As policy interventions go, the researchers noted that support for a soda tax, which lost at the ballot box in California in 2012, might not hold up in the face of industry opposition. Also, low support for zoning restrictions might make that policy intervention a difficult sell and would do little for communities in which fast food restaurants and schools are already situated near each other. Study authors Paul Simon, Choiyuk Chiang, Amy Lightstone and Margaret Shih write:
Although there are legal considerations in pursuing public policy that would regulate food and beverage marketing to children, our results suggest that such efforts would receive support. This support may help persuade private companies to self-regulate. There may also be opportunities to expand advertising restrictions in public schools and publicly regulated child care settings. For example, the White House and U.S. Department of Agriculture recently announced proposed federal restrictions on unhealthy food and beverage advertising in public schools.
In related study news, researchers at Stanford University and the University of California-San Francisco found that prohibiting the use of food assistance dollars to buy sugar-sweetened beverages could significantly reduce obesity and type 2 diabetes among adults. To conduct the study, which was published this week in Health Affairs, researchers examined data on more than 19,000 people participating in the Supplemental Nutrition Assistance Program, formerly known as food stamps. The study noted that low-income populations, including people in the SNAP program, experience higher rates of type 2 diabetes and obesity. Also, SNAP participants consume almost twice as many calories from sugary beverages as they do from fruits and veggies.
The study found that instituting a SNAP policy banning the purchase of sugar-sweetened beverages would result in a 15.4 percent decline in calorie consumption linked to such beverages. (Note: This finding takes into account the possibility that SNAP participants might use non-SNAP dollars to buy sugary beverages instead.) Over 10 years, the lower calorie consumption would translate into a 2.4 percent decline in current obesity prevalence rates among SNAP participants, with the biggest effect among adults ages 18 to 65. In addition, researchers estimated that incidence of type 2 diabetes among SNAP enrollees would decline by 1.7 percent or about 240,000 people, with the biggest effect among adults. Authors Sanjay Basu, Hilary Kessler Seligman, Christopher Gardner and Jay Bhattacharya write:
Our study is also the first analysis, to our knowledge, to examine specifically how population-level health outcomes may be altered by fiscal policies directed through SNAP. This subject is of major national interest given that the program is taxpayer funded. The logic behind SNAP policy changes is that taxpayers are potentially subsidizing unhealthy food consumption and paying for its downstream health consequences.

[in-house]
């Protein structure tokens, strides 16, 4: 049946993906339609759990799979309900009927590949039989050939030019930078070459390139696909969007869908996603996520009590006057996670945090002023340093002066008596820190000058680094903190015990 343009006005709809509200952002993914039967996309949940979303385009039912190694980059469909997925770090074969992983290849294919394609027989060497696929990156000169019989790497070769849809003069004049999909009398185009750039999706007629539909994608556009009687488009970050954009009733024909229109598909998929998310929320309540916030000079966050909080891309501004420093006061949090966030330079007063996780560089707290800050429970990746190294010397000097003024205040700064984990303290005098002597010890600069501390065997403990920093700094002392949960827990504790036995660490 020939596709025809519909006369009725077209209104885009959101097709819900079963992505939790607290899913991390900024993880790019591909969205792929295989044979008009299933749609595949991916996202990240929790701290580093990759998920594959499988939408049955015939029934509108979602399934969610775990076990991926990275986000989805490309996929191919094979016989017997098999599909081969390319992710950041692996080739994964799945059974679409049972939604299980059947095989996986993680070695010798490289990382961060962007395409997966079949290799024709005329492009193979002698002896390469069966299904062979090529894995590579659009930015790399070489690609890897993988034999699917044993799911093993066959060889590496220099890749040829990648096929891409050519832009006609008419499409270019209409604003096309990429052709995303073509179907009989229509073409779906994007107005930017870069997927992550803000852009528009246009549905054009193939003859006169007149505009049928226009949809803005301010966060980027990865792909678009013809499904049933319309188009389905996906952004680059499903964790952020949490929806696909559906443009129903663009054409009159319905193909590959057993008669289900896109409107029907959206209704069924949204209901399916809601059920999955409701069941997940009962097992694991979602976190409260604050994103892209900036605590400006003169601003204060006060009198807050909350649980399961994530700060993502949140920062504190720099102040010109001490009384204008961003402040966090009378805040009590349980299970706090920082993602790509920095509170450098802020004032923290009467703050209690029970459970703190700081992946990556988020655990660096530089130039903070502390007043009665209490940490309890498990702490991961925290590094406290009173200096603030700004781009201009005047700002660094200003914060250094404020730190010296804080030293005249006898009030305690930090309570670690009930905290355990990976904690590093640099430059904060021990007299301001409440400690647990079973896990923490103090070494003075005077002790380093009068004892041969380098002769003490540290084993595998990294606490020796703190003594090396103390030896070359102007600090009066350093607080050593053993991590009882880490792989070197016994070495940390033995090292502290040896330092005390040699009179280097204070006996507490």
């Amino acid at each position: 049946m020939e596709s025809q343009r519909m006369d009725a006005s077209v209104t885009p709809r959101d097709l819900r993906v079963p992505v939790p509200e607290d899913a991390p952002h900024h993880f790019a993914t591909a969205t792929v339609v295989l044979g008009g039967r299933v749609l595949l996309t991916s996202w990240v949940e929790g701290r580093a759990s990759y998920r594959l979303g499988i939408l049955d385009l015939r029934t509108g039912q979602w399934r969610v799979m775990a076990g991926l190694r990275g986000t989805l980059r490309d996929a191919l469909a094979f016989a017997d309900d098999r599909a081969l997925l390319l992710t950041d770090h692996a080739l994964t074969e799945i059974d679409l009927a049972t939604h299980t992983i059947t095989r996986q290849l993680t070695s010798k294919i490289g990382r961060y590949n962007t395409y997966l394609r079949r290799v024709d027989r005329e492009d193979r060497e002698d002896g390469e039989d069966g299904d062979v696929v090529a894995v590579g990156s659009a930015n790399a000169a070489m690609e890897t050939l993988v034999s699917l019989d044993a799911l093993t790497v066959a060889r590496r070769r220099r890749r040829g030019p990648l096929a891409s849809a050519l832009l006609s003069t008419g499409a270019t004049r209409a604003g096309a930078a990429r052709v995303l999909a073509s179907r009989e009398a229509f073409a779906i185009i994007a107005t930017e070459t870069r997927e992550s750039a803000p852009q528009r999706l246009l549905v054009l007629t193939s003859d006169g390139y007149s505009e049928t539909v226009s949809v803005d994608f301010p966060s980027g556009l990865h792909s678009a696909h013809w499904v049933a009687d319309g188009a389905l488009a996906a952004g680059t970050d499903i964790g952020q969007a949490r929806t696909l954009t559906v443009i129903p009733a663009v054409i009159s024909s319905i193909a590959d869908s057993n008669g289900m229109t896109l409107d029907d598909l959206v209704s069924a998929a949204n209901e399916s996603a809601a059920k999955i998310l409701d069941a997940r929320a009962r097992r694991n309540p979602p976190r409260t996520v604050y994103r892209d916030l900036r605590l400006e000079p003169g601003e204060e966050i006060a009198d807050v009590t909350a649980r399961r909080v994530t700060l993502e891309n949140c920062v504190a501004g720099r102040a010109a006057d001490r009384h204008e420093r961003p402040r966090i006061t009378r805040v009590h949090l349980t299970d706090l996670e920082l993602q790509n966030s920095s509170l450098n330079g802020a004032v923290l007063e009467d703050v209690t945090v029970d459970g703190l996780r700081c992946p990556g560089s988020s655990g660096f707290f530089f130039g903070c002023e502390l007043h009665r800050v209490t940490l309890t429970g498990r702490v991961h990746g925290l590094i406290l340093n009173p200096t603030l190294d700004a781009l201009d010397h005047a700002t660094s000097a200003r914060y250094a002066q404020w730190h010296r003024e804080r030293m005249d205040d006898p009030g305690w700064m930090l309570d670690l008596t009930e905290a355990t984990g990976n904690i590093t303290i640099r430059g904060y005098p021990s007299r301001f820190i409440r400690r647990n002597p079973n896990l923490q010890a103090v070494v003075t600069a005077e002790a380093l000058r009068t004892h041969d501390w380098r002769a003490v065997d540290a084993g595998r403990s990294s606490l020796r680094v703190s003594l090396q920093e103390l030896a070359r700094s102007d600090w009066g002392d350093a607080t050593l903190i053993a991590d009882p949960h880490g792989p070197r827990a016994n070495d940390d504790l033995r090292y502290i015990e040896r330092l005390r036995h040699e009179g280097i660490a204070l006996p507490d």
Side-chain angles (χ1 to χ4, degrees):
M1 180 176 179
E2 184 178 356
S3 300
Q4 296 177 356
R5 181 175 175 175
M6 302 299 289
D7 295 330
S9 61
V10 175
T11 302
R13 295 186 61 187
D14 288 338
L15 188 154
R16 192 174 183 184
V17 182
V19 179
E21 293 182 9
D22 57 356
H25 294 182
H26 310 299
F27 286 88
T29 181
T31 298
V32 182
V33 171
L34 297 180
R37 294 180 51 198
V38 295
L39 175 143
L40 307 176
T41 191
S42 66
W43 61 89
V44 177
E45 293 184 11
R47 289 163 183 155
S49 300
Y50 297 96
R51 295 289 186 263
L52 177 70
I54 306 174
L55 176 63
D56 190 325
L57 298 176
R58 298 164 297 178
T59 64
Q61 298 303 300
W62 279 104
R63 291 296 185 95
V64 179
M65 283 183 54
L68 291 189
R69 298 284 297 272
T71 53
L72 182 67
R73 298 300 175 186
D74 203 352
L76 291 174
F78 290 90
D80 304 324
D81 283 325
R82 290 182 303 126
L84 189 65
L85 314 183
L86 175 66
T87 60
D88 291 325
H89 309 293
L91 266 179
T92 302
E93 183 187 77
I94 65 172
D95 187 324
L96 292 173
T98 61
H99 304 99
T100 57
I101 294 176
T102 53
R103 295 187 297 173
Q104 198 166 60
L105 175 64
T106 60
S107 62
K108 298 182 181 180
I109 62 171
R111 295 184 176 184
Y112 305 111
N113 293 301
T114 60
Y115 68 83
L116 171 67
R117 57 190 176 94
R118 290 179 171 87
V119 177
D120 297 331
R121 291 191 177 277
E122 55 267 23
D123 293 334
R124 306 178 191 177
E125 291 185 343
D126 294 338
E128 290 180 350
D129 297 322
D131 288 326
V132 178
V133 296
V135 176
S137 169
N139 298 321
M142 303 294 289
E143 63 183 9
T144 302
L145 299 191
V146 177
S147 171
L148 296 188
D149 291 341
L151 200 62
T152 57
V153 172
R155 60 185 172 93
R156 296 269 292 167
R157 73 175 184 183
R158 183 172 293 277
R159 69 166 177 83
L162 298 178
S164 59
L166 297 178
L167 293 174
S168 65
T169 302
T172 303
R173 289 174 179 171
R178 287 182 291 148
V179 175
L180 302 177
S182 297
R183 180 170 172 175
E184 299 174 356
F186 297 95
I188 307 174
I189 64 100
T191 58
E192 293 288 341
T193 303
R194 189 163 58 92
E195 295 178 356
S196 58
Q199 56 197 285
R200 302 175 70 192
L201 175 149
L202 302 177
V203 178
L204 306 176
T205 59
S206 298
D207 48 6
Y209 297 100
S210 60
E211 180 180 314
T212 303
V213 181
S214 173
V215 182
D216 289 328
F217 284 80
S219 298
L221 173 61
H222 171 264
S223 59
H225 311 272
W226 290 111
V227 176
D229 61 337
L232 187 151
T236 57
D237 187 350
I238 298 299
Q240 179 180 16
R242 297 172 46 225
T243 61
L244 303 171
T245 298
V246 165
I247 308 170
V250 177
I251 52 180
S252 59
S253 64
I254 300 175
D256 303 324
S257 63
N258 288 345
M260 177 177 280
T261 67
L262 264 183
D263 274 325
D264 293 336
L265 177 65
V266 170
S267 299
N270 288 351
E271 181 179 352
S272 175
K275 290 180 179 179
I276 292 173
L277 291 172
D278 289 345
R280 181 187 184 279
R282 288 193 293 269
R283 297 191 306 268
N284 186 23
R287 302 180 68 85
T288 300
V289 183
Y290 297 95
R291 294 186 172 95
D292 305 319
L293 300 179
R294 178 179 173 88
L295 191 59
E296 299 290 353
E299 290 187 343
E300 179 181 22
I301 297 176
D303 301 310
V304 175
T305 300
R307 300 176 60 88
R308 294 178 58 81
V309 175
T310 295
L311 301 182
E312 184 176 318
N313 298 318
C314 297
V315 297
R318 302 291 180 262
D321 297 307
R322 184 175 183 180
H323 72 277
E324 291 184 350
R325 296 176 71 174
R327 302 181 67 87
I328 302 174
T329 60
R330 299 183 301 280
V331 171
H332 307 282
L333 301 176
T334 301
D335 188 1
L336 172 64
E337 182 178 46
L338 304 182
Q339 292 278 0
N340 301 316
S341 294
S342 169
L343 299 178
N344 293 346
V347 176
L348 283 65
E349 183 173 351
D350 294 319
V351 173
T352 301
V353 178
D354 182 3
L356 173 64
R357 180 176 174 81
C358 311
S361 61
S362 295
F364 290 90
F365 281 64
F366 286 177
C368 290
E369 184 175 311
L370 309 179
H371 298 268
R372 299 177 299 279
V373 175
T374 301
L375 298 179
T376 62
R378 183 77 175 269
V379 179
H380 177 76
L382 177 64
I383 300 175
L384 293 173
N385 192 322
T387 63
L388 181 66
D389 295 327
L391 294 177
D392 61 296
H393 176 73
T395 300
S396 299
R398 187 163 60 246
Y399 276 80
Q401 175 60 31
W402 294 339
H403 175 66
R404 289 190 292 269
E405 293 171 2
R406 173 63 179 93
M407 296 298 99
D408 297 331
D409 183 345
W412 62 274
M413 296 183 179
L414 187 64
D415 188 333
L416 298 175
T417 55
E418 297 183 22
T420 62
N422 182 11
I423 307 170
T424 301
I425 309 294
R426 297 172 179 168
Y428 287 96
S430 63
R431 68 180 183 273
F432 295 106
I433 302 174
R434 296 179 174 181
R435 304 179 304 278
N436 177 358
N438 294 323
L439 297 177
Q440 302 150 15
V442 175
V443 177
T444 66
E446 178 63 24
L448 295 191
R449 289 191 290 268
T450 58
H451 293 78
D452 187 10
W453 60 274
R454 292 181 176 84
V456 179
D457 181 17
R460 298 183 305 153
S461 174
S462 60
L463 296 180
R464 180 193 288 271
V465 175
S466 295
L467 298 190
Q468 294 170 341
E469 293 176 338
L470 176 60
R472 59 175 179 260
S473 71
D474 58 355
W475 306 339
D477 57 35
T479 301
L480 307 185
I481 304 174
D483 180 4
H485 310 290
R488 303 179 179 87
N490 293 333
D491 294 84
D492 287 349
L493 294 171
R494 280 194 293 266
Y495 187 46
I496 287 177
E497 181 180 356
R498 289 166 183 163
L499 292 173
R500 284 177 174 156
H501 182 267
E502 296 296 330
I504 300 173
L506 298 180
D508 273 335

In addition to examining a ban on sugary beverage purchases, the Health Affairs study also looked at whether incentivizing fruit and veggie consumption would impact obesity and diabetes prevalence. Specifically, would giving SNAP participants 30 cents back for every dollar they spend on fruits and vegetables make a difference? They estimated that while the subsidy policy wouldn’t have a significant impact on the two diseases, it could more than double the proportion of SNAP enrollees who meet federal fruit and vegetable consumption recommendations.
Kim Krisberg is a freelance public health writer living in Austin, Texas, and has been writing about public health for more than a decade.
Chris Williamson, 39, was electrocuted on Thursday, June 5 while making repairs to restore electrical service in the City of Florence, Alabama. Williamson worked for the city’s Electricity Department. Tom Smith with TimesDaily.com provides some initial information about the lineman’s death:
- A storm earlier in the day caused a tree to fall on an electrical line in the Hickory Hills area of Florence.
- Mayor Mickey Haddock said tree crews were dispatched to the scene to clear the fallen tree debris. Williamson was called upon to isolate the damaged line from the main feed.
- Williamson was working by himself, climbed the pole, and came in contact with a 7,200-volt line.
- Williamson worked for the City of Florence since 1993. He became a journeyman lineman in 2008. His obituary notes he was a member of IBEW Local #558.
Federal OSHA will not be investigating the death of Chris Williamson. The agency does not have authority to investigate work-related fatalities (or conduct any inspections for that matter) involving state, local or other public sector employees. There are about 305,000 government workers in Alabama who are not covered by the OSH Act. Nationwide, 8 million public sector workers fall outside of OSHA’s scope.